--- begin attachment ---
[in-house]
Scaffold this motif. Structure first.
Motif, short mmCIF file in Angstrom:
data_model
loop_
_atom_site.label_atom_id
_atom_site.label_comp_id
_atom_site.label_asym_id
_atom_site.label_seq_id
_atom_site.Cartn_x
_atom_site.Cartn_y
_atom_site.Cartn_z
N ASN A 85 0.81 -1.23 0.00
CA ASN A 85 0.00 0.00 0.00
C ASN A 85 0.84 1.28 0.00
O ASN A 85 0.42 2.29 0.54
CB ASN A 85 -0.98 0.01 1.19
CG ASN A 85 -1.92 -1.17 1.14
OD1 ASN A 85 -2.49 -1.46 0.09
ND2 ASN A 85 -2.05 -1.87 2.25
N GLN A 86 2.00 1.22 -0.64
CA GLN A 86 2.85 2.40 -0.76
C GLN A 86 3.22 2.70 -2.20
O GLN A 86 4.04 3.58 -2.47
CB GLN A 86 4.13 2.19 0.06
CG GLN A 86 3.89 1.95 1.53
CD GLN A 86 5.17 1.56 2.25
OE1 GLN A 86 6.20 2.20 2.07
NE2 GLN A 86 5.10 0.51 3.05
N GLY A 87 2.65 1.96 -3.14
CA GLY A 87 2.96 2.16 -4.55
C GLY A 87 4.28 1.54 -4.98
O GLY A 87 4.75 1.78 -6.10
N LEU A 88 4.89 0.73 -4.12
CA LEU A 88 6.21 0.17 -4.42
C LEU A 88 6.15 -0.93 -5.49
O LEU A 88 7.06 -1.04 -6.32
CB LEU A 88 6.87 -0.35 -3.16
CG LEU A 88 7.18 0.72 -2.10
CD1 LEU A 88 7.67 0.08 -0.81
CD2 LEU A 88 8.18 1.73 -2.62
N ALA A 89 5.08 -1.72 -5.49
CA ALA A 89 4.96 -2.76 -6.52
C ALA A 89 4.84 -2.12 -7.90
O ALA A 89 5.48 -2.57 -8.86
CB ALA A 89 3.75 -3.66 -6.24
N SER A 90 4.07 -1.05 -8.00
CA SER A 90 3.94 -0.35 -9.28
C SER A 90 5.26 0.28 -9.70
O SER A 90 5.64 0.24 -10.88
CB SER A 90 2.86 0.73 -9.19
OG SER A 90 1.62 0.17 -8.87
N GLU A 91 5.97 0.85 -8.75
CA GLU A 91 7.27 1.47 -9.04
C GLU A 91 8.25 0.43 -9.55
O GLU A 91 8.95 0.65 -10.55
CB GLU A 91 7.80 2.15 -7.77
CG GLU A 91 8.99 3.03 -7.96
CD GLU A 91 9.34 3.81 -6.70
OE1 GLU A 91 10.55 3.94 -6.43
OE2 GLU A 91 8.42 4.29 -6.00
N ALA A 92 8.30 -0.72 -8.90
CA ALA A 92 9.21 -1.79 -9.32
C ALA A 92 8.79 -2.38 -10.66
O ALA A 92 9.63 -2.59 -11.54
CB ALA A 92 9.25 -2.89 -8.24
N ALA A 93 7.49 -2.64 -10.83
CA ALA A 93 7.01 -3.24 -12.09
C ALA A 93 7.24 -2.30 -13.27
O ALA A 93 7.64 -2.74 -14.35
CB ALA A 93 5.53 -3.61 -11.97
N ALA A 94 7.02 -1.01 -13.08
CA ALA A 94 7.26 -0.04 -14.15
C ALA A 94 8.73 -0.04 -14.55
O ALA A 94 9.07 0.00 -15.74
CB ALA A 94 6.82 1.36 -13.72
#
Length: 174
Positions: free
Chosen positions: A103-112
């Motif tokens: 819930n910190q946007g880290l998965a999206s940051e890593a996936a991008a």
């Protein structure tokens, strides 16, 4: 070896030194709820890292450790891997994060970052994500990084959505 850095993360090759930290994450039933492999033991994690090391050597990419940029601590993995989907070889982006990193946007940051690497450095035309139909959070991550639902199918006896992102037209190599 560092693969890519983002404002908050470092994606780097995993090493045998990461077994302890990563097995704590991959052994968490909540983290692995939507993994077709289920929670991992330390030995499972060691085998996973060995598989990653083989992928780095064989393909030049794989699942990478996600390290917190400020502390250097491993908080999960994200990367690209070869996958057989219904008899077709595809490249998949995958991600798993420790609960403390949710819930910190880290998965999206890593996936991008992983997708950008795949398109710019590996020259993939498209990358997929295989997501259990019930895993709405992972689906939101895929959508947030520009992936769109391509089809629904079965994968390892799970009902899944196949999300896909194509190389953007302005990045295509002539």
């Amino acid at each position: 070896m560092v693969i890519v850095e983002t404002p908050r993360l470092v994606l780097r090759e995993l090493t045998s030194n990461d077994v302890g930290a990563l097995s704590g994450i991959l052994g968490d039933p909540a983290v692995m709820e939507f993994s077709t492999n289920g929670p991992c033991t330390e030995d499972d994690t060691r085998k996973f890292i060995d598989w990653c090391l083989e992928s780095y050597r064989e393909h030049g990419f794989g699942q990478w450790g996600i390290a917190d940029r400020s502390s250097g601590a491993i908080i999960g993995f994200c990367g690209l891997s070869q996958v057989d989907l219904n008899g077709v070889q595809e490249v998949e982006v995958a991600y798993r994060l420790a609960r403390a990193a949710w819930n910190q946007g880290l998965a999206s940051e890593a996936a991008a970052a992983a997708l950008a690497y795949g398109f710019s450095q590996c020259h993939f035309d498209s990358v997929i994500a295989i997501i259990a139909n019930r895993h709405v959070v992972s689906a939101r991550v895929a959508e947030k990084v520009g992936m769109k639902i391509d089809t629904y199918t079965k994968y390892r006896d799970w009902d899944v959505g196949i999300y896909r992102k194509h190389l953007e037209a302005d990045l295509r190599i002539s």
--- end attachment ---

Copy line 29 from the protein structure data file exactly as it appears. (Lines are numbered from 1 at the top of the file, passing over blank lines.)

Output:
NE2 GLN A 86 5.10 0.51 3.05